Elections: Russians out of love with Putin, Egyptian runoffs begin

High turnout in Egypt, with new Islamist group taking 24%

GENEVA, SWITZERLAND – Russians appear to be falling out of love with former leader Vladimir Putin’s United Russia party and turnout has been high, 62 percent, in Egyptian voting as parts of the country move into runoffs in a complex voting system.

Vladimir Putin’s United Russia party has enjoyed almost unrivaled popularity for the past 10 years, but early election results appear to show a change of heart by voters, with the party’s majority in parliament disappearing.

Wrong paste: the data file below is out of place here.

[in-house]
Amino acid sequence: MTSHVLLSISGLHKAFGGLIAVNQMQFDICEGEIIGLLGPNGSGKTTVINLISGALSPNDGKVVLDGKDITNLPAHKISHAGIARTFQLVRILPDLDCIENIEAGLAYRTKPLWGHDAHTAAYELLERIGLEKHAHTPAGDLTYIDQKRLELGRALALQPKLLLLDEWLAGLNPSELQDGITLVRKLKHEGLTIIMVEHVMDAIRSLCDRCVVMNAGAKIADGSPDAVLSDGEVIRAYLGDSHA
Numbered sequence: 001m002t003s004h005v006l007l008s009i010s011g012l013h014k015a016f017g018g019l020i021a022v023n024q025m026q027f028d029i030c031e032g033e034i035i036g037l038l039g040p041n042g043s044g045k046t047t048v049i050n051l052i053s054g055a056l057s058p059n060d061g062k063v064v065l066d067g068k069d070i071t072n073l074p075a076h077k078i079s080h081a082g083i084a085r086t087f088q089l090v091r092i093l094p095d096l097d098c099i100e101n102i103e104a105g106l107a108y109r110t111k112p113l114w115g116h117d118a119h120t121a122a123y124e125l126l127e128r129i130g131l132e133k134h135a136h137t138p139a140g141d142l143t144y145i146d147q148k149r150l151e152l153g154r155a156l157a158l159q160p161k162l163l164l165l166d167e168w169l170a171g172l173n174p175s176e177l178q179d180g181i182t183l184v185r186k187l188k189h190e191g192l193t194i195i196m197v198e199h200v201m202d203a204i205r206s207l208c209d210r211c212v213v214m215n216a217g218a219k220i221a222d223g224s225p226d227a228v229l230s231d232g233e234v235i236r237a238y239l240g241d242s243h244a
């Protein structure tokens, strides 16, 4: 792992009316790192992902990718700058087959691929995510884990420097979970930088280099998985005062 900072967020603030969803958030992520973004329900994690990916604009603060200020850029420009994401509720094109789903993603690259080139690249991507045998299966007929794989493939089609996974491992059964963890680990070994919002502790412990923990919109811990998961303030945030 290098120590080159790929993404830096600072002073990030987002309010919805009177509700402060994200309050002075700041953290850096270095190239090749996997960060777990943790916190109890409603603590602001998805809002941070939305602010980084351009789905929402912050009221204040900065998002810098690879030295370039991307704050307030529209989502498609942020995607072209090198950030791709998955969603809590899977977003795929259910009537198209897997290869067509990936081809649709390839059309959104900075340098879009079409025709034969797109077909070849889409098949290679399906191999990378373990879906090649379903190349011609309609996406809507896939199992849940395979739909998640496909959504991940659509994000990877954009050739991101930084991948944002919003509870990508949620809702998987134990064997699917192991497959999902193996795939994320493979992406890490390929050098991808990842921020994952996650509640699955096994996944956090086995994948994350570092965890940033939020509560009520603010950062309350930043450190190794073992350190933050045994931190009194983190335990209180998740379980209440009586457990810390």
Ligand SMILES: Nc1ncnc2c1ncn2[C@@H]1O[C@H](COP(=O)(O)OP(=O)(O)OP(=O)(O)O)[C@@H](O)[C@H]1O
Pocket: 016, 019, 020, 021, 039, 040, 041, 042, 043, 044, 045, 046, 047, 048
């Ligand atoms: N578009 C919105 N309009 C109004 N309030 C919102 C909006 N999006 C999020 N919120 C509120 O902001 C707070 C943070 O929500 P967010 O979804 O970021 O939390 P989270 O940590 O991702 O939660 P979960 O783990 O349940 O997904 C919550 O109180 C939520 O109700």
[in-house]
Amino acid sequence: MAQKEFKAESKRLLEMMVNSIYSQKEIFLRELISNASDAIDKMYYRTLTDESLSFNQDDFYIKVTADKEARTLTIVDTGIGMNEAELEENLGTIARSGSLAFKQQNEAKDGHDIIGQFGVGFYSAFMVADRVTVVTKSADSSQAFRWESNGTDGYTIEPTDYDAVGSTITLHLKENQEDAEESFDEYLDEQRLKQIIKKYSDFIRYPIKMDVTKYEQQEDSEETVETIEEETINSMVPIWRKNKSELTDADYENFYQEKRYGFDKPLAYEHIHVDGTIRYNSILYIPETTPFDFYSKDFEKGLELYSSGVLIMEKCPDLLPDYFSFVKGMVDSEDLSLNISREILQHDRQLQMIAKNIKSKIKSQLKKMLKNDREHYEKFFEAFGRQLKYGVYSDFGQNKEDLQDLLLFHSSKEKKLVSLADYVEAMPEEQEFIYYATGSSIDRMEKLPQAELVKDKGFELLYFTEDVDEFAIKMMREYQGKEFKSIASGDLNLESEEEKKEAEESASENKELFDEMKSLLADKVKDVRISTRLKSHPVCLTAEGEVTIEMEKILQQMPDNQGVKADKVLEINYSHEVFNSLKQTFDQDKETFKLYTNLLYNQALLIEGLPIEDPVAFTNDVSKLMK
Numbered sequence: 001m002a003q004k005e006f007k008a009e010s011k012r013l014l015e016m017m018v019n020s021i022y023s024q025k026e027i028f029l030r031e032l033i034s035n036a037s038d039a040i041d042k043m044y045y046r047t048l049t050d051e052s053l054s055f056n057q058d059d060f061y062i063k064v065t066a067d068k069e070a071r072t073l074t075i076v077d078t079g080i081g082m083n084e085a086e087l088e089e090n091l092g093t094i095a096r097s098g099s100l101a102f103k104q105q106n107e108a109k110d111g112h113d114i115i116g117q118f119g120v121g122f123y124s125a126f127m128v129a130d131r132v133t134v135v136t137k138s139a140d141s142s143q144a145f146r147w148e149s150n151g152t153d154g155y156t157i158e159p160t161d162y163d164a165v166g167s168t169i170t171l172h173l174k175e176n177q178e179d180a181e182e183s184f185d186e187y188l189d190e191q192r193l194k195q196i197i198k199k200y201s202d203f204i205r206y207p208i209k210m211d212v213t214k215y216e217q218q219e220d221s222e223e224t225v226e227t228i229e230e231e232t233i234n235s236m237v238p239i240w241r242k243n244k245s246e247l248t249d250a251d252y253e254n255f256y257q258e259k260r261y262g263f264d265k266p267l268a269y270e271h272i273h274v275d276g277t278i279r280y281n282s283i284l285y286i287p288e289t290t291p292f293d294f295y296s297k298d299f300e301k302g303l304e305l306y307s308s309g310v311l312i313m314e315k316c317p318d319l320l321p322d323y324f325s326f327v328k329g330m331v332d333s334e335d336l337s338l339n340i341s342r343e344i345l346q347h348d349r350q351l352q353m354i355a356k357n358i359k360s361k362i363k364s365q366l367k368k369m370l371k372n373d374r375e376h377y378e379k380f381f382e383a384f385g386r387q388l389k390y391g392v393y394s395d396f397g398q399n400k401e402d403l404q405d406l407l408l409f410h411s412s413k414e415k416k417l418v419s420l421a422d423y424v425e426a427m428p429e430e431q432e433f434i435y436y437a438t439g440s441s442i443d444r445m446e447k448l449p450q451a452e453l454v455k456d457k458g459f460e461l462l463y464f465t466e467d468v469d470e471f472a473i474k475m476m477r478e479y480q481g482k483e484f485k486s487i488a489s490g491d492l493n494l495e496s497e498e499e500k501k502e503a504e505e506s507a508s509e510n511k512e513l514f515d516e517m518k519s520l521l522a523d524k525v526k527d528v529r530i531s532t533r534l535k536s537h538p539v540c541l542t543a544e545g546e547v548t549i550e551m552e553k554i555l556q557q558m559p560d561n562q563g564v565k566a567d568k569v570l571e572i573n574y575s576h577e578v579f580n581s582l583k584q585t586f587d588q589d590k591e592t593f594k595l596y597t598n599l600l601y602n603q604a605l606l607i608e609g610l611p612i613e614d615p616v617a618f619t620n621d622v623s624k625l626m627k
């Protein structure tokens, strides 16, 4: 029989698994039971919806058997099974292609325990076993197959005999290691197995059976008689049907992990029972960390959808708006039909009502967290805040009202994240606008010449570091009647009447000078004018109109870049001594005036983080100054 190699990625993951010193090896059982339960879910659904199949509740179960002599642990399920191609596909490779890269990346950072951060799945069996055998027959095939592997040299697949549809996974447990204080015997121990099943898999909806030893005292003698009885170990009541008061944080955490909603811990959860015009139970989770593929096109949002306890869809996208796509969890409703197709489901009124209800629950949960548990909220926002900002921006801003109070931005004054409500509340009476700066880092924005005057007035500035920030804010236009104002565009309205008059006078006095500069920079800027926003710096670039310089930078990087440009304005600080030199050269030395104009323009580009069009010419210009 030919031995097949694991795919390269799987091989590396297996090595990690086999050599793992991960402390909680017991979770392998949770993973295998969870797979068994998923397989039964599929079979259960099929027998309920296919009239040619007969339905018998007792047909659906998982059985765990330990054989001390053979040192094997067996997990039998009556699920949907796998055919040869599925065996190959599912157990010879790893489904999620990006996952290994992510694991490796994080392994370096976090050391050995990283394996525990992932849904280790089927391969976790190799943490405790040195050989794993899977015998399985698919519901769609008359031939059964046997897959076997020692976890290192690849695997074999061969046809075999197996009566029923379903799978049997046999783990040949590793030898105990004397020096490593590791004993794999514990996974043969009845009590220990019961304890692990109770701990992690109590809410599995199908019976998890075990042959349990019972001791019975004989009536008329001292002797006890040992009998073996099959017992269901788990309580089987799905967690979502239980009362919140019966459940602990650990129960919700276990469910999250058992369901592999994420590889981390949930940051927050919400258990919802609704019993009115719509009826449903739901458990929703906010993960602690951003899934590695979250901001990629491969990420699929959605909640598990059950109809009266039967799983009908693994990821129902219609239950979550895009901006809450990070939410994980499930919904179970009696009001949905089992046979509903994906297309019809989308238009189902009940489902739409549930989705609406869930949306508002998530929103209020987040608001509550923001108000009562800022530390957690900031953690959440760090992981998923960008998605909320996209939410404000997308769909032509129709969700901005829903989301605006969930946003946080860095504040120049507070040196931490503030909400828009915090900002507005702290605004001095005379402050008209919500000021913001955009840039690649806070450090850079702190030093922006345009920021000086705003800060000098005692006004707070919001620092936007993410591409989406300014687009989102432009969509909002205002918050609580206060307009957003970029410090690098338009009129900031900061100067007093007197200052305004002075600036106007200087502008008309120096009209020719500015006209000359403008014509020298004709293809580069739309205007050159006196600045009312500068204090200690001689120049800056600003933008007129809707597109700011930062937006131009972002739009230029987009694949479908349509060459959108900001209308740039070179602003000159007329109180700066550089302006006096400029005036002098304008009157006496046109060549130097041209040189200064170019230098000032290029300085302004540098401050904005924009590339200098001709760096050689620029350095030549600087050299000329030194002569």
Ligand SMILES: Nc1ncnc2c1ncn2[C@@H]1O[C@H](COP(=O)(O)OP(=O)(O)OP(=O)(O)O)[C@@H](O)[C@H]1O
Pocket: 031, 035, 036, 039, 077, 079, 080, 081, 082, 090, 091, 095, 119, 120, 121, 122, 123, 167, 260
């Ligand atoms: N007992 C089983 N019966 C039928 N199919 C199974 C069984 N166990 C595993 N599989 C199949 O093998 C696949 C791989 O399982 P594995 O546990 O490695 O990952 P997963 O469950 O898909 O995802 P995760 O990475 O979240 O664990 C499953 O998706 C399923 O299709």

In Egypt, the Muslim Brotherhood’s Freedom and Justice party, described by Business Week as “broad-based”, is expected to win the largest number of seats in the first elections since Hosni Mubarak’s long reign of power ended early in 2011. But the conservative, Islamist Salafi Nour party, a newcomer, secured 24 percent of early results, surprising observers with its strong showing. The country now faces runoffs in several voting areas; results from the country’s complex voting system will not be known until January 2012.

Links to other sites: Al Jazeera, Business Week, Guardian, Reuters